Explore the basic framework of every negotiation, and learn how brainstorming and trading things of value generate more satisfaction with the outcome.
- In your everyday work, you have multiple daily opportunities to negotiate, to solve problems and create value. So let's say you're working on a big newproject and you've discovered that you need two more engineers on your team to accomplish the goals of the project. For that you have to get your boss' buy-in. Before you sit down to talk, you noddle through your options and you come up with a plan. Let's call it plan A, hiring two new engineers.
And, now knowing that things don't always go according to plan and that you might run into unknowns or hidden constraints, you've come up with a plan B, hiring one new engineer and borrowing another from an existing team. Designing options is smart preparation that will help you be creative at the bargaining table and set you up for trading things of value and finding your way to agreement. Now let's take a look at how you might get to that agreement with a basic negotiation framework.
The first part of the framework is all about unpacking your ask and getting to no. The second part of the model is getting to yes. First you spend a little time making small talk and connecting. Then you ask a few diagnostic questions to test your boss' thinking about your need for more staff. Next you anchor with plan A, hiring two new people to work on an upcoming project and meet the deadline. Then you frame it by pointing out that new hires will bring a missing expertise not only to your team but to your company.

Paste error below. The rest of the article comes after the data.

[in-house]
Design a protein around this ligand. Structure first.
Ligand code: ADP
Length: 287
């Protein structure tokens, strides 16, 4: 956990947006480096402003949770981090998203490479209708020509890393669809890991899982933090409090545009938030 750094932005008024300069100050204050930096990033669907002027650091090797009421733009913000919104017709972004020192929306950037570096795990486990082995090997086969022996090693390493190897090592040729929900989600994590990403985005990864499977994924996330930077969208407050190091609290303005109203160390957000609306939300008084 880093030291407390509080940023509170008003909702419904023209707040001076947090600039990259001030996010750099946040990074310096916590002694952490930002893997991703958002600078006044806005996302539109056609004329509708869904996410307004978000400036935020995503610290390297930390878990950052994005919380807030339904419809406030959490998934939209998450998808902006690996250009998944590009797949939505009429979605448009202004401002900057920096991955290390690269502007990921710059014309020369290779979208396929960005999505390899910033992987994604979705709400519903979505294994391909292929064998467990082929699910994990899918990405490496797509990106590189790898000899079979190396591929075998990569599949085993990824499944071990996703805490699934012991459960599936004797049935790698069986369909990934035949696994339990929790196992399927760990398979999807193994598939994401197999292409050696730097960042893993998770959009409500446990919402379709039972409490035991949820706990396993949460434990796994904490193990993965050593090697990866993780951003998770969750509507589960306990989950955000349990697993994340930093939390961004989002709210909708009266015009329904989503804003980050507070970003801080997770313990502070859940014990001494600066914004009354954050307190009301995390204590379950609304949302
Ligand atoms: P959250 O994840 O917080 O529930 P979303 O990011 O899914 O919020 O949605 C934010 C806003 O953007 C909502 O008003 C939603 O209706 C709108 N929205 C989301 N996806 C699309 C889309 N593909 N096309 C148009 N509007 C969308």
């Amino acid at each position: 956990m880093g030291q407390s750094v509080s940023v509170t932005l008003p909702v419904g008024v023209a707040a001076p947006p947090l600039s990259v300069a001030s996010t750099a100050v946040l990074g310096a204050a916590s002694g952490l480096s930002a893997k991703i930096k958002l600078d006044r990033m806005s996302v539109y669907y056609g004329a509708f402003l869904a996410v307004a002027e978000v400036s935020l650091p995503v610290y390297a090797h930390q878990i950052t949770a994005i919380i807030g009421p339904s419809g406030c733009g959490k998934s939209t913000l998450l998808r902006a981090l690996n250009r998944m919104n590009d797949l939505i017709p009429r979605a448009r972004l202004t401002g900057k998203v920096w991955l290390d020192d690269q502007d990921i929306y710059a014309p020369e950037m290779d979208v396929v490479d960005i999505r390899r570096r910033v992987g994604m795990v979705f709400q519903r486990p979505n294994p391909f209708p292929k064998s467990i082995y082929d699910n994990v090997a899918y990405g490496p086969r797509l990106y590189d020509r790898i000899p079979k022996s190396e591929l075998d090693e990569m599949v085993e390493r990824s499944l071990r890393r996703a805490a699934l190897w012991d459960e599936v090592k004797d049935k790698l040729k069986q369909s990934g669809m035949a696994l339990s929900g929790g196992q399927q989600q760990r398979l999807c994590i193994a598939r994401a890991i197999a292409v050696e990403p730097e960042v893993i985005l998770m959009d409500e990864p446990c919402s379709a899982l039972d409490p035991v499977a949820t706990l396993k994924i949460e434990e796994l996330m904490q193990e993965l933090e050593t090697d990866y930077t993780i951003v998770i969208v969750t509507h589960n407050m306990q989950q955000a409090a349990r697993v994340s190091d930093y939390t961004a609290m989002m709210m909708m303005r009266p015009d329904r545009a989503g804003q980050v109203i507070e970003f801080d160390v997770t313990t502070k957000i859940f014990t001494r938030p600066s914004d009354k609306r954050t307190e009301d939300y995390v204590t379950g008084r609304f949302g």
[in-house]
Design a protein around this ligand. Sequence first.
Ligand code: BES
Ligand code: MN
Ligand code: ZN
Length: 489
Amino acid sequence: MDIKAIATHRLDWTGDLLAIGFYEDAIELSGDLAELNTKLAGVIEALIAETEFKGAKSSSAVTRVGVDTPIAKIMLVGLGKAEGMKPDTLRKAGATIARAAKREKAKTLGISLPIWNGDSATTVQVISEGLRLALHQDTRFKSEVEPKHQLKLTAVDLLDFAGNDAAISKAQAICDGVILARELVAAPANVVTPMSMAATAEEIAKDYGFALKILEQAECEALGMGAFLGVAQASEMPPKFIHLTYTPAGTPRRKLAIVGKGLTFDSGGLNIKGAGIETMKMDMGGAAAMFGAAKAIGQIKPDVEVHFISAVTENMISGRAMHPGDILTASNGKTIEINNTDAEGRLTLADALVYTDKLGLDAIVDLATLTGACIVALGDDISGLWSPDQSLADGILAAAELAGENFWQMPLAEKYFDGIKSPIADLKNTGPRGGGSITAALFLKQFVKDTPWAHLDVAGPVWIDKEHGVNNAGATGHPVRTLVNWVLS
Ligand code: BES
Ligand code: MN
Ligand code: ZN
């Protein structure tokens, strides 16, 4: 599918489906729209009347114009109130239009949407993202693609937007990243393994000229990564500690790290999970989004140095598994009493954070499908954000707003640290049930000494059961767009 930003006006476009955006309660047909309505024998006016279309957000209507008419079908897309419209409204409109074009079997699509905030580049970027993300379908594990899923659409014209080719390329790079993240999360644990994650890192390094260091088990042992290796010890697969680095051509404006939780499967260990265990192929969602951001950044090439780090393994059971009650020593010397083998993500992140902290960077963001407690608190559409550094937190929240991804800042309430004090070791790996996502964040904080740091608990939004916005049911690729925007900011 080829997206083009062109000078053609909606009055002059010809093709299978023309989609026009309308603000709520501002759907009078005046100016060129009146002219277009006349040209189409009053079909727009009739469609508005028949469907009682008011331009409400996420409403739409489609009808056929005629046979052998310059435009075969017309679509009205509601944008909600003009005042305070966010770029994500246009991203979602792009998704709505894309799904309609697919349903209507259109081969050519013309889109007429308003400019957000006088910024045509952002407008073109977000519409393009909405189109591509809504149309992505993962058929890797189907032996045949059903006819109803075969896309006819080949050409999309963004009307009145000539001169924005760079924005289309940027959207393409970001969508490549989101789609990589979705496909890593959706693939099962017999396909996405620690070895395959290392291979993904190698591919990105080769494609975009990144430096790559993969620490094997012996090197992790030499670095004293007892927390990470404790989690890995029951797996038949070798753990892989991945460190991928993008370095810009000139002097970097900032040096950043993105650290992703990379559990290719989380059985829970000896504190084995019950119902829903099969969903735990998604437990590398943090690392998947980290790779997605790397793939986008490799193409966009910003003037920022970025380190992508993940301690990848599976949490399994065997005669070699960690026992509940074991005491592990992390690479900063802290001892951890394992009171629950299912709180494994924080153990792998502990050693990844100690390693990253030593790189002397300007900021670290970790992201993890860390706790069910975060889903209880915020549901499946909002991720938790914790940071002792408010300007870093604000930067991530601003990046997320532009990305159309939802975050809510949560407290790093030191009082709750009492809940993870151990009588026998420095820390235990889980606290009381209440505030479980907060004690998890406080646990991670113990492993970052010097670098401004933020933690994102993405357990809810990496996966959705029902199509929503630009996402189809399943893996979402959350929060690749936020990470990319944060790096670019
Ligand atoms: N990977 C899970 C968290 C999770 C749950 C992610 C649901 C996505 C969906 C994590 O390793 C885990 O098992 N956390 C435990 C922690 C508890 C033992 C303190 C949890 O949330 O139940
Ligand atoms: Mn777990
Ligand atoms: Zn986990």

Let's say at this point your boss puts up a budget roadblock and says no to two new hires. Rather than capitulating and saying, "Okay, thanks anyway," this is where you use mirroring and labeling and question asking so you can at least get to a point of agreement about the need for support. Now that you have that agreement about needing support, you might float your plan B, making one new hire and filling the other role by borrowing someone from another team.
Now you're showing a little give and take, trading things of value, and you're on your way to agreement, solving your staffing needs together. In negotiation terms, plan B was a concession you made. Your preference was to hire two new people, but in reality, plan B accomplishes your goal just as well. Not only do you get what you need, but your concession creates some good will. According to the research on concessions, when both parties experience a little give and take, they tend to be a lot happier with the outcome.
Spend time upfront designing ways to trade things of value and you'll be much more prepared and creative when you do run into roadblocks. Remember, anytime you feel stuck, ask diagnostic questions to get you unstuck and on the path to finding a solution that works for you and your conversation partner.
- Identify the different types of negotiation.
- Distinguish the difference between asking and negotiation.
- List core negotiation practices.
- Explain anchoring and framing for mutual benefit.
- Describe tactical empathy.
- Explain the principles of influence.
- Create an influence plan.
- Analyze conflict styles.
- Recognize contentious negotiation tactics.